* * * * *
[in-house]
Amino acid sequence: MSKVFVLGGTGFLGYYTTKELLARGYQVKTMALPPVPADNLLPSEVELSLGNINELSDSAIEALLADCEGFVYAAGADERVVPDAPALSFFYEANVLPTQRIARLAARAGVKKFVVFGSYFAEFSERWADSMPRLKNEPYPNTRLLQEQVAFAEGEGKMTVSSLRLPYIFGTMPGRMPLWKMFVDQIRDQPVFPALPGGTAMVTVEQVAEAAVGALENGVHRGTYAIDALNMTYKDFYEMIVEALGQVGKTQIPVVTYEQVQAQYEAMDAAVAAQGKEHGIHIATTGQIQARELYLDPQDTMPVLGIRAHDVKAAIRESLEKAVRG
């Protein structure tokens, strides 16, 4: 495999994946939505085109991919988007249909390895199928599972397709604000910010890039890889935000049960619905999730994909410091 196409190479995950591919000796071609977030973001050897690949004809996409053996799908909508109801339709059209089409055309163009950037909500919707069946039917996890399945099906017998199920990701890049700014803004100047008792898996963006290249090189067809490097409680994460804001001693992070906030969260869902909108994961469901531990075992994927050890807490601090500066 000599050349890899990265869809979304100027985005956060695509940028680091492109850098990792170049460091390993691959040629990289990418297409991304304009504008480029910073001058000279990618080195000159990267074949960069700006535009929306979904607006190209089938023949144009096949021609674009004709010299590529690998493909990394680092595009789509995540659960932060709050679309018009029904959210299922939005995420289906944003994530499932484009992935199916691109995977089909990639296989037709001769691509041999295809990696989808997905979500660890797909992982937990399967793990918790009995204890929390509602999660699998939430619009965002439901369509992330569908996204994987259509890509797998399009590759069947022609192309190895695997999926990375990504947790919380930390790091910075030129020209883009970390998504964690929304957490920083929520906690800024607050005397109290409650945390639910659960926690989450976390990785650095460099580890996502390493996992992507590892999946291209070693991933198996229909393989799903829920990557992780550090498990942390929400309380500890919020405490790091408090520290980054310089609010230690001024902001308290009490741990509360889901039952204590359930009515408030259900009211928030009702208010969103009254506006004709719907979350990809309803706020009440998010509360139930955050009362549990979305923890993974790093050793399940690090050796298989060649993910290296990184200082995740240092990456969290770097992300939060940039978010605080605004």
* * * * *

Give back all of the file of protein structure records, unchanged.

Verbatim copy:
[in-house]
Amino acid sequence: MSKVFVLGGTGFLGYYTTKELLARGYQVKTMALPPVPADNLLPSEVELSLGNINELSDSAIEALLADCEGFVYAAGADERVVPDAPALSFFYEANVLPTQRIARLAARAGVKKFVVFGSYFAEFSERWADSMPRLKNEPYPNTRLLQEQVAFAEGEGKMTVSSLRLPYIFGTMPGRMPLWKMFVDQIRDQPVFPALPGGTAMVTVEQVAEAAVGALENGVHRGTYAIDALNMTYKDFYEMIVEALGQVGKTQIPVVTYEQVQAQYEAMDAAVAAQGKEHGIHIATTGQIQARELYLDPQDTMPVLGIRAHDVKAAIRESLEKAVRG
């Protein structure tokens, strides 16, 4: 495999994946939505085109991919988007249909390895199928599972397709604000910010890039890889935000049960619905999730994909410091 196409190479995950591919000796071609977030973001050897690949004809996409053996799908909508109801339709059209089409055309163009950037909500919707069946039917996890399945099906017998199920990701890049700014803004100047008792898996963006290249090189067809490097409680994460804001001693992070906030969260869902909108994961469901531990075992994927050890807490601090500066 000599050349890899990265869809979304100027985005956060695509940028680091492109850098990792170049460091390993691959040629990289990418297409991304304009504008480029910073001058000279990618080195000159990267074949960069700006535009929306979904607006190209089938023949144009096949021609674009004709010299590529690998493909990394680092595009789509995540659960932060709050679309018009029904959210299922939005995420289906944003994530499932484009992935199916691109995977089909990639296989037709001769691509041999295809990696989808997905979500660890797909992982937990399967793990918790009995204890929390509602999660699998939430619009965002439901369509992330569908996204994987259509890509797998399009590759069947022609192309190895695997999926990375990504947790919380930390790091910075030129020209883009970390998504964690929304957490920083929520906690800024607050005397109290409650945390639910659960926690989450976390990785650095460099580890996502390493996992992507590892999946291209070693991933198996229909393989799903829920990557992780550090498990942390929400309380500890919020405490790091408090520290980054310089609010230690001024902001308290009490741990509360889901039952204590359930009515408030259900009211928030009702208010969103009254506006004709719907979350990809309803706020009440998010509360139930955050009362549990979305923890993974790093050793399940690090050796298989060649993910290296990184200082995740240092990456969290770097992300939060940039978010605080605004």